It's refreshing that so much attention be paid to the lyrics. How often does that happen in rock today? But let us not gloss over the incredible musicality and musicianship of The Decemberists. This, my friends, is where it becomes clear that Colin Meloy is not the only member of the band worthy of attention and admiration. Nowhere is it more obvious than in seeing The Decemberists perform live. And as they proved at their CMJ showcase at Hammerstein Ballroom, The Decemberists are Musicians with a capitol M. They glide effortlessly from one style to the next, and from one instrument to the next with ease. And we're talking some mighty unusual instruments, at that.
Every person on stage at Hammerstein was a multi-instrumentalist. Guitarist Chris Funk played banjo, pedal steel, fiddle and what looked like an antique hand-cranked organ or hurdy-gurdy. Bassist Nate Query also pulled out a cello and a stand-up bass, playing both finger-plucked and bowed. John Moen added harmonizing vocals and melodica to his drumming duties. And the inimitable Jenny Conlee rocked her trademark hammond organ, keyboards, accordion and melodica. Last, but not least, came touring backup vocalist Lisa Molinaro, who lent guitar, violin, accordion and xylophone to the mix. I'm told someone throws in a theremin, from time to time, as well. As you can imagine, the stage was downright packed with one beautiful instrument after another, ranging from electric to exotic. While their performance was tight as a drum, they kept the vibe lighthearted, playful and rollicking. They were downright game for whatever their merry trickster of a leader had in mind.
Song for Myla Goldberg
In the end, it all comes down to Colin as a powerhouse frontman. These are his stories. These are his melodies, and his arrangements. This is his voice, ringing to the balcony with more power than I'd imagined he'd have, and with far more comedy in his patter than I would have dared hope. Seriously, the guy's hilarious. I mean, really, he staged a dance contest in the middle of the audience, ordering the crowd to part and clear circles for people to boogie down, setting up a rivalry between house-right, house-left and balcony. (The balcony won, hands down.) And in the middle of performing a rollicking rendition of "Sixteen Military Wives," he again encouraged a little friendly crowd competition dividing the crowd in half, advising us to avoid the hot boiling lava down the middle, and telling us to leer at our neighbors on the opposite side. "It's almost election day. Let's get riled up, eh? Let's get riled up!" Get a load of this:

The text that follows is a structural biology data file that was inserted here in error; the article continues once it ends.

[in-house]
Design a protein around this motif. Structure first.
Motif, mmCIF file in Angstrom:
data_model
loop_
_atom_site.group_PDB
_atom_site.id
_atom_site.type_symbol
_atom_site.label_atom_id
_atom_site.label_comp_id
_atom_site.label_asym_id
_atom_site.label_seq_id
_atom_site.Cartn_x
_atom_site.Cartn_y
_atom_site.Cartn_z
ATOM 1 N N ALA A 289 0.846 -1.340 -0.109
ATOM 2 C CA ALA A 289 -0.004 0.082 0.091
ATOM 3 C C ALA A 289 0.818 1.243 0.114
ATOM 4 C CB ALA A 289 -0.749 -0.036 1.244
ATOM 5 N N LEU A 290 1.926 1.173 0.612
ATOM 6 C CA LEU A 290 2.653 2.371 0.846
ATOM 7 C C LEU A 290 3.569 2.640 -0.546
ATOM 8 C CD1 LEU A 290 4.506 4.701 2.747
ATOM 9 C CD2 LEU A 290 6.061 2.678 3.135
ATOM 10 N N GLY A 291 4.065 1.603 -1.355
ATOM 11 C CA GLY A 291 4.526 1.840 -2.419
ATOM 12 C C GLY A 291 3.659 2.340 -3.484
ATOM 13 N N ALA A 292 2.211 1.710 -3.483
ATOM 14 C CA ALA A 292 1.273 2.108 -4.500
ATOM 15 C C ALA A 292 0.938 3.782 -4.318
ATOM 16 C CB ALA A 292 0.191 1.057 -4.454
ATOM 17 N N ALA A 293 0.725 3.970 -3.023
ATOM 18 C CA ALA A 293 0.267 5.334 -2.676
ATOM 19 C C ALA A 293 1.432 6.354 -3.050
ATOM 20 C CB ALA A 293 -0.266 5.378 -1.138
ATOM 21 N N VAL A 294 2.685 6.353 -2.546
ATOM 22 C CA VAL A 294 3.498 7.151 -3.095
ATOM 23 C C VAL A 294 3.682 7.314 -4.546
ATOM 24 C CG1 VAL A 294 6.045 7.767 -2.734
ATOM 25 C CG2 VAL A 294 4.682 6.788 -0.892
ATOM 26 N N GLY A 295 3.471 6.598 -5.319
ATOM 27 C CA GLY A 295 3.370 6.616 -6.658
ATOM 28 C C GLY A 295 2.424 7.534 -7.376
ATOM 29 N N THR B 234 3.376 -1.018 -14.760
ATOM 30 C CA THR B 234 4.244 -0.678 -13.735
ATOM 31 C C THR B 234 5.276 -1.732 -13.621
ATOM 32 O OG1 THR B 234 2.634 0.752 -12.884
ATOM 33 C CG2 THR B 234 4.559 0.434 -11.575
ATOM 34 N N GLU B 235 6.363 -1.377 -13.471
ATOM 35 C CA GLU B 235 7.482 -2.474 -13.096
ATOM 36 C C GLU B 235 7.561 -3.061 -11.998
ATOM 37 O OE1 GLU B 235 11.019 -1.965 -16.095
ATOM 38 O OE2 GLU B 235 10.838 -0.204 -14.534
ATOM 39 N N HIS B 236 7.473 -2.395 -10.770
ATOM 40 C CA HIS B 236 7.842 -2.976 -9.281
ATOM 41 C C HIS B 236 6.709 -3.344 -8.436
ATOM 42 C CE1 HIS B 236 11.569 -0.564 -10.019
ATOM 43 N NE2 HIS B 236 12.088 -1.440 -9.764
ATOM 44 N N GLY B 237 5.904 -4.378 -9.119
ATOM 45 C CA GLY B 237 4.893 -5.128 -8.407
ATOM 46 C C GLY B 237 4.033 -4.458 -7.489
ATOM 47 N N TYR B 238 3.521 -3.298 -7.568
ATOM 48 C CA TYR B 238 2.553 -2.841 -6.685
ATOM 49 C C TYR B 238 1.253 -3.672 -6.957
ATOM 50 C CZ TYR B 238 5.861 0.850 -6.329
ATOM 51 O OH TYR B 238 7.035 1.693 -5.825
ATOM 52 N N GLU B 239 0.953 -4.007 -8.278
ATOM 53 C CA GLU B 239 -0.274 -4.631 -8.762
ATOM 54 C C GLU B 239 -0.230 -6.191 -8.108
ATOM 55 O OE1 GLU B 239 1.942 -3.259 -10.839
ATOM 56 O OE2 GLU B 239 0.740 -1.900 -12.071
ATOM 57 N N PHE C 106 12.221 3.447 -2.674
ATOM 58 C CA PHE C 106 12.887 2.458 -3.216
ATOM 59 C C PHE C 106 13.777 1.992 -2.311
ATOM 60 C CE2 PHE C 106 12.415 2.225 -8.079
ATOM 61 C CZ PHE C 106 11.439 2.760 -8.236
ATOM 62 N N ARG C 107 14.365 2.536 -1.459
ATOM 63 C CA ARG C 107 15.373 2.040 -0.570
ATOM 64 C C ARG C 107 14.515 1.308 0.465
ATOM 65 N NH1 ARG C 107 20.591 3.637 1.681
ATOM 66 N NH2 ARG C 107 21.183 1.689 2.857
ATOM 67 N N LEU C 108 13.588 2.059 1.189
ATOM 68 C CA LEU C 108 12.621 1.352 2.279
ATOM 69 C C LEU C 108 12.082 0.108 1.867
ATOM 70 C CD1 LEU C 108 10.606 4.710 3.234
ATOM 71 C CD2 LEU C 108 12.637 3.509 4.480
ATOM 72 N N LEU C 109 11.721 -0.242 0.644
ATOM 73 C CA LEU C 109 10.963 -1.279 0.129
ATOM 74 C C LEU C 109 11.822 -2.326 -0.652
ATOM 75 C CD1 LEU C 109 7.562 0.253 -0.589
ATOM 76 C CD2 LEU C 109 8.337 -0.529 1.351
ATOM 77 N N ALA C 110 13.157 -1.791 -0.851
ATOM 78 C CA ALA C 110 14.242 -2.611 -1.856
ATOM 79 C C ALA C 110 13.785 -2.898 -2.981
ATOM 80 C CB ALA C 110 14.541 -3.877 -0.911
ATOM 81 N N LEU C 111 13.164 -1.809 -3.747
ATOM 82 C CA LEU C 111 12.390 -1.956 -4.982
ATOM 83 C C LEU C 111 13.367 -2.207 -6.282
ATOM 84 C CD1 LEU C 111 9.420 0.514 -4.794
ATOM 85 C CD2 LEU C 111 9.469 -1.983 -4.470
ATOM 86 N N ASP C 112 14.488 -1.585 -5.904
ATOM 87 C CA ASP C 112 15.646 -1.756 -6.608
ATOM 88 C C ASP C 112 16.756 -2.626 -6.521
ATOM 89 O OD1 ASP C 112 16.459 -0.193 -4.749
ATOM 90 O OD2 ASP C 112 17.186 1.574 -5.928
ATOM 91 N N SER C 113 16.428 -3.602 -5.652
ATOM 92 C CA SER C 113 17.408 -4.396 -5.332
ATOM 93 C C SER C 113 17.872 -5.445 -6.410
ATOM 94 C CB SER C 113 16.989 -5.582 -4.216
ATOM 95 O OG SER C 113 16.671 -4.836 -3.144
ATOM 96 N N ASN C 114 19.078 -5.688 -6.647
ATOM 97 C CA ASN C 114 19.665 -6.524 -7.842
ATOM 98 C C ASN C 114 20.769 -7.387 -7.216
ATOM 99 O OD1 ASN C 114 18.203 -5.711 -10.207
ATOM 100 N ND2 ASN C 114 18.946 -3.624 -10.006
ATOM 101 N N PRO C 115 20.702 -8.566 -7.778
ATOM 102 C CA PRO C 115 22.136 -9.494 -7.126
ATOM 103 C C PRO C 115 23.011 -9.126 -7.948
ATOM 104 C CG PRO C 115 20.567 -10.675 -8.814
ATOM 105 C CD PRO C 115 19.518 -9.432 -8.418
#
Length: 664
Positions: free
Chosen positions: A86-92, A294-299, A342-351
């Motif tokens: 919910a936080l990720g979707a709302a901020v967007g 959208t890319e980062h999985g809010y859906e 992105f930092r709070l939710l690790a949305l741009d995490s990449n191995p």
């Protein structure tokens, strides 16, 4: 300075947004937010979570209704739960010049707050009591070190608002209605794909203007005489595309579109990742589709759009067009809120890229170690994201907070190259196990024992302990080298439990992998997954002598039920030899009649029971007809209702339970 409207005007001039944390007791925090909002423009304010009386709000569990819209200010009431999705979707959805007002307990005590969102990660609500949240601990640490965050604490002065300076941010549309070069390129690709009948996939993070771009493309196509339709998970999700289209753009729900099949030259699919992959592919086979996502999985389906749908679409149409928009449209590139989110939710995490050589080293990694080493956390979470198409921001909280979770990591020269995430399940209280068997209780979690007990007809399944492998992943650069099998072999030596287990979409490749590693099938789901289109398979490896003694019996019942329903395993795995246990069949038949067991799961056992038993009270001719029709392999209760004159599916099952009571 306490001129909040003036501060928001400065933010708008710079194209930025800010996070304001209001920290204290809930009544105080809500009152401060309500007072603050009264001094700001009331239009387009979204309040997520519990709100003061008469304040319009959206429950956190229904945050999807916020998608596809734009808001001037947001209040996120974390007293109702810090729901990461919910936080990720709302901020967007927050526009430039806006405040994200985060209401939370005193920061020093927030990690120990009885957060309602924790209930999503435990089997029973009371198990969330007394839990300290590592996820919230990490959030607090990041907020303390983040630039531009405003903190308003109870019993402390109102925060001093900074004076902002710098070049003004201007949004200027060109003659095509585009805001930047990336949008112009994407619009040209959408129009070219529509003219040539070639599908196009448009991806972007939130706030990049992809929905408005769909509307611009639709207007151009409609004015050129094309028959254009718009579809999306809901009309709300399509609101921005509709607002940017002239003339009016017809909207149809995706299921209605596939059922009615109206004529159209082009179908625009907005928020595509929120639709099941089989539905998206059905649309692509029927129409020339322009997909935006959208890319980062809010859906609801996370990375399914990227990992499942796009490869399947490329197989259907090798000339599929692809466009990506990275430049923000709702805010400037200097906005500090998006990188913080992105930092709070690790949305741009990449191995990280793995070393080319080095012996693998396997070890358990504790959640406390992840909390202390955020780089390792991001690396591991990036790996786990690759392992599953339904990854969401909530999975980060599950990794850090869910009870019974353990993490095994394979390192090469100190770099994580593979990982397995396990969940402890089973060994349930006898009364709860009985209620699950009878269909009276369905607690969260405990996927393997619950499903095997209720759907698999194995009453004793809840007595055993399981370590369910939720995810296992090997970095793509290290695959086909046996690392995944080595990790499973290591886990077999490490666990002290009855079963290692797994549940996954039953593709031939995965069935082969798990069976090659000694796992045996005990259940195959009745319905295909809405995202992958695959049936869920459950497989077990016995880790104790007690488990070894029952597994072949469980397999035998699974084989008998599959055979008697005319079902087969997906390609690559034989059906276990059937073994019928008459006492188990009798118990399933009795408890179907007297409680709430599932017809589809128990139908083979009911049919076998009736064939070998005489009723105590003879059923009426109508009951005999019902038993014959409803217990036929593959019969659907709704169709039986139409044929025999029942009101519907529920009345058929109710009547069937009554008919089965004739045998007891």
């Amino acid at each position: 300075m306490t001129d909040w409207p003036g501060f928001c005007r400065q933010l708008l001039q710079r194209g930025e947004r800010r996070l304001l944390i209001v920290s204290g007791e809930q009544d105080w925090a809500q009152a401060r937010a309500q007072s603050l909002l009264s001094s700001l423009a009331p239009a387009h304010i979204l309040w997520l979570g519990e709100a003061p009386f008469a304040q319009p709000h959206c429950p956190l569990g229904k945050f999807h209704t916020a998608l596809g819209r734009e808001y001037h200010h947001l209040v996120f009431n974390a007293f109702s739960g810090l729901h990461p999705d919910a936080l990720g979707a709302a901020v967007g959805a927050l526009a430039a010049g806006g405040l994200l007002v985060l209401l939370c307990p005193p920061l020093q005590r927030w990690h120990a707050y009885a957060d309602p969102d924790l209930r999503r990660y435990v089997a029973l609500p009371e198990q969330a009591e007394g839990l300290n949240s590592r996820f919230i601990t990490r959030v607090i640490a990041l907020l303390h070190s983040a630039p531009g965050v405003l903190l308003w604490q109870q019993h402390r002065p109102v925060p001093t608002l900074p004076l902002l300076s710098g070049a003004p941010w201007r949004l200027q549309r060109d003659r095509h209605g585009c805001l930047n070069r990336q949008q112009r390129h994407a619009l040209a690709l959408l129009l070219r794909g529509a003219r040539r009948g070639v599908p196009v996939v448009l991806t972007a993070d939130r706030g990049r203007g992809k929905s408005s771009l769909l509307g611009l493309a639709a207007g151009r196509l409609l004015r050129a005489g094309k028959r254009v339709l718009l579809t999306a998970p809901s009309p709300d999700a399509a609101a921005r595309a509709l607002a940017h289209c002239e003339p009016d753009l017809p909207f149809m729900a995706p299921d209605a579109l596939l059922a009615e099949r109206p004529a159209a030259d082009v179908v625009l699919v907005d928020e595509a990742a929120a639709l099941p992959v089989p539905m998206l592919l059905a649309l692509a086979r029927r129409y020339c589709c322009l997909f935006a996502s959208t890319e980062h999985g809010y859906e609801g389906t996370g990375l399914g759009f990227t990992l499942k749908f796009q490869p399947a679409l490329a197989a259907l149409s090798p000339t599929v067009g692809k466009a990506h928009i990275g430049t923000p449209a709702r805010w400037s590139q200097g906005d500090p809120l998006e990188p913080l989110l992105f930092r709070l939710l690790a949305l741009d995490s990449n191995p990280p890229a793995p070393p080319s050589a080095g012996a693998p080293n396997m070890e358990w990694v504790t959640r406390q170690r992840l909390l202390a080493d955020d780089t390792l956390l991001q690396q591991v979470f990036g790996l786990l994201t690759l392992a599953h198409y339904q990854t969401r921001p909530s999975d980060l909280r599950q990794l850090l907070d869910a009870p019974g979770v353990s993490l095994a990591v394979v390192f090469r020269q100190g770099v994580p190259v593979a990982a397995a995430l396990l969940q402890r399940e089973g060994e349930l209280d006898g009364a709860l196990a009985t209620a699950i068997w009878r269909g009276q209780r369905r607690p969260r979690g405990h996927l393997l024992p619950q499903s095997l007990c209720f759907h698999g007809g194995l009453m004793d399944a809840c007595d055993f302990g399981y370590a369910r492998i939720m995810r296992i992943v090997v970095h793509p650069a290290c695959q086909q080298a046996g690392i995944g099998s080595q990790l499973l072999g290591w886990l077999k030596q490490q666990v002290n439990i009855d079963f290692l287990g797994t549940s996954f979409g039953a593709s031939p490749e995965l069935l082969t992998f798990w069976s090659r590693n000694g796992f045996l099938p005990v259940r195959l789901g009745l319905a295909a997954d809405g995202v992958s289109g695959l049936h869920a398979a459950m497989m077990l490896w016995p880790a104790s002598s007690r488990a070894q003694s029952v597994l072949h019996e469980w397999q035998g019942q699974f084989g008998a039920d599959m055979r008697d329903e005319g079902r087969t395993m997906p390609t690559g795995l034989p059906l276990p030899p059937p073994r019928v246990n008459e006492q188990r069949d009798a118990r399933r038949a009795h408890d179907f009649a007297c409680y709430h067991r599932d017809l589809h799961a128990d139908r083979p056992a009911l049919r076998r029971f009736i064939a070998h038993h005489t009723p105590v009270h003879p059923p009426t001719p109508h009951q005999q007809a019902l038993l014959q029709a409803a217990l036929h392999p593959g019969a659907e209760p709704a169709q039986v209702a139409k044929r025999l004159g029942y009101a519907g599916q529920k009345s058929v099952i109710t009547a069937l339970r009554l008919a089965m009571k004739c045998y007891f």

Sixteen Military Wives
Would you have guessed he went to theater school as a kid? Ahhhh, it all becomes so clear! After enjoying an impromptu sing-along during one of his more obscure numbers, he berated us for not warming up properly before singing, as we might damage our voices and risk never singing again. Then he proceeded to lead a couple thousand of us in choral class vocal warm-up exercises, encouraging us to sing from the diaphragm. I kid you not. See for yourself:
Theatricality, it seems, is Colin's middle name. He understands the power of tone and mood, as he showed when he asked the light engineer to bathe us in spooky red lights for his chilling cautionary tale, "Shankhill Butchers." He even stopped one song to narrate while three band members reenacted an epic battle in the middle of the crowd. Each recruited "armies" from among the fans, and all would agree, it was a rout.
The Decemberists' show at Hammerstein was clearly a highlight of the CMJ festivities this week. Though to call it a "CMJ show" is a bit of a misnomer. As at so many of the other shows during the week, not a soul with a CMJ badge was allowed entry, prompting many on line to wonder aloud why they bothered spending $400+ on a badge to begin with. But that's an article for another day.